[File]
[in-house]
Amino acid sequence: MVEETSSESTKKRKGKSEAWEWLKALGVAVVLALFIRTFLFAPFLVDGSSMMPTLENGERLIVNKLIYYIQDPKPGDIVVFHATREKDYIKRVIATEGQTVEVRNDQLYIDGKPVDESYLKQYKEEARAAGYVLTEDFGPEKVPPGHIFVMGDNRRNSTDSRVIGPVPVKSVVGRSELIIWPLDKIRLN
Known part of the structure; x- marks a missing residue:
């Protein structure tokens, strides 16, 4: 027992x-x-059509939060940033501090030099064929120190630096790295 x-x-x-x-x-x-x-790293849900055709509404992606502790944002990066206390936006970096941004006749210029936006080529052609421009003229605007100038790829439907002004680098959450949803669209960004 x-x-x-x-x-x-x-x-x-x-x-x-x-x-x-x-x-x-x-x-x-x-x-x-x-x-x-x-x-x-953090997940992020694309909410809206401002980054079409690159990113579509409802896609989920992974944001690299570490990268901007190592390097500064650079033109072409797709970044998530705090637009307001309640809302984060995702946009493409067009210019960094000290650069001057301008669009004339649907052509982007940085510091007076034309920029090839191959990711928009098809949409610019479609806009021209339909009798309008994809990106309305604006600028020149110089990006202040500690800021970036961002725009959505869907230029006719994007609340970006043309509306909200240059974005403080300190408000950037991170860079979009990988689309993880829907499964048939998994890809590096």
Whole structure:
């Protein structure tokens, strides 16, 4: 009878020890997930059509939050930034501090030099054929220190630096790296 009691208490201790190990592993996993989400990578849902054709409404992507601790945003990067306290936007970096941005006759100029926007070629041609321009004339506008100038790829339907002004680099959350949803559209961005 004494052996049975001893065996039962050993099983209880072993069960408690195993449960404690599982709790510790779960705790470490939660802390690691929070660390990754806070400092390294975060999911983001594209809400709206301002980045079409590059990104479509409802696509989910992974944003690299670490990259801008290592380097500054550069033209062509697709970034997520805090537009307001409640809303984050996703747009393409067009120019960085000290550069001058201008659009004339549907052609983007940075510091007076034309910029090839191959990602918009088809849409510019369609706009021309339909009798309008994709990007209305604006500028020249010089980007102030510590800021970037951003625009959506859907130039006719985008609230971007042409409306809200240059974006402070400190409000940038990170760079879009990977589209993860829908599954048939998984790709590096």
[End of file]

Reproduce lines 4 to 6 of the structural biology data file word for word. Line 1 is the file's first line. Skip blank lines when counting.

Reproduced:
């Protein structure tokens, strides 16, 4: 027992x-x-059509939060940033501090030099064929120190630096790295 x-x-x-x-x-x-x-790293849900055709509404992606502790944002990066206390936006970096941004006749210029936006080529052609421009003229605007100038790829439907002004680098959450949803669209960004 x-x-x-x-x-x-x-x-x-x-x-x-x-x-x-x-x-x-x-x-x-x-x-x-x-x-x-x-x-x-953090997940992020694309909410809206401002980054079409690159990113579509409802896609989920992974944001690299570490990268901007190592390097500064650079033109072409797709970044998530705090637009307001309640809302984060995702946009493409067009210019960094000290650069001057301008669009004339649907052509982007940085510091007076034309920029090839191959990711928009098809949409610019479609806009021209339909009798309008994809990106309305604006600028020149110089990006202040500690800021970036961002725009959505869907230029006719994007609340970006043309509306909200240059974005403080300190408000950037991170860079979009990988689309993880829907499964048939998994890809590096």
Whole structure:
């Protein structure tokens, strides 16, 4: 009878020890997930059509939050930034501090030099054929220190630096790296 009691208490201790190990592993996993989400990578849902054709409404992507601790945003990067306290936007970096941005006759100029926007070629041609321009004339506008100038790829339907002004680099959350949803559209961005 004494052996049975001893065996039962050993099983209880072993069960408690195993449960404690599982709790510790779960705790470490939660802390690691929070660390990754806070400092390294975060999911983001594209809400709206301002980045079409590059990104479509409802696509989910992974944003690299670490990259801008290592380097500054550069033209062509697709970034997520805090537009307001409640809303984050996703747009393409067009120019960085000290550069001058201008659009004339549907052609983007940075510091007076034309910029090839191959990602918009088809849409510019369609706009021309339909009798309008994709990007209305604006500028020249010089980007102030510590800021970037951003625009959506859907130039006719985008609230971007042409409306809200240059974006402070400190409000940038990170760079879009990977589209993860829908599954048939998984790709590096």